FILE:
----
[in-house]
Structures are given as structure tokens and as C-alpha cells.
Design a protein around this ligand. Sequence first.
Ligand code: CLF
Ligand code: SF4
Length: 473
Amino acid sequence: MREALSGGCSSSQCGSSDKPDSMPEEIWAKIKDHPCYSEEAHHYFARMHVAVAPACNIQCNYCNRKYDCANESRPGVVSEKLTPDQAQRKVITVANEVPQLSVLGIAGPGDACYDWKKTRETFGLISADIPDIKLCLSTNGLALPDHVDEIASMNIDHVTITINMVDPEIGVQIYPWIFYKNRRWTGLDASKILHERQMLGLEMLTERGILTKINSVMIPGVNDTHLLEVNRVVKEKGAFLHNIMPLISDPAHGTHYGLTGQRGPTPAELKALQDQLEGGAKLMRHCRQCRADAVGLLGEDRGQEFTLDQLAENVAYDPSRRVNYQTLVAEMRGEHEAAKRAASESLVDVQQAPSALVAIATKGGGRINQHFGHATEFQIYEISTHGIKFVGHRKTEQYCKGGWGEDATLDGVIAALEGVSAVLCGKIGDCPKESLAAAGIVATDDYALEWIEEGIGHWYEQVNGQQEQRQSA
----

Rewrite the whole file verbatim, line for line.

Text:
[in-house]
Structures are given as structure tokens and as C-alpha cells.
Design a protein around this ligand. Sequence first.
Ligand code: CLF
Ligand code: SF4
Length: 473
Amino acid sequence: MREALSGGCSSSQCGSSDKPDSMPEEIWAKIKDHPCYSEEAHHYFARMHVAVAPACNIQCNYCNRKYDCANESRPGVVSEKLTPDQAQRKVITVANEVPQLSVLGIAGPGDACYDWKKTRETFGLISADIPDIKLCLSTNGLALPDHVDEIASMNIDHVTITINMVDPEIGVQIYPWIFYKNRRWTGLDASKILHERQMLGLEMLTERGILTKINSVMIPGVNDTHLLEVNRVVKEKGAFLHNIMPLISDPAHGTHYGLTGQRGPTPAELKALQDQLEGGAKLMRHCRQCRADAVGLLGEDRGQEFTLDQLAENVAYDPSRRVNYQTLVAEMRGEHEAAKRAASESLVDVQQAPSALVAIATKGGGRINQHFGHATEFQIYEISTHGIKFVGHRKTEQYCKGGWGEDATLDGVIAALEGVSAVLCGKIGDCPKESLAAAGIVATDDYALEWIEEGIGHWYEQVNGQQEQRQSA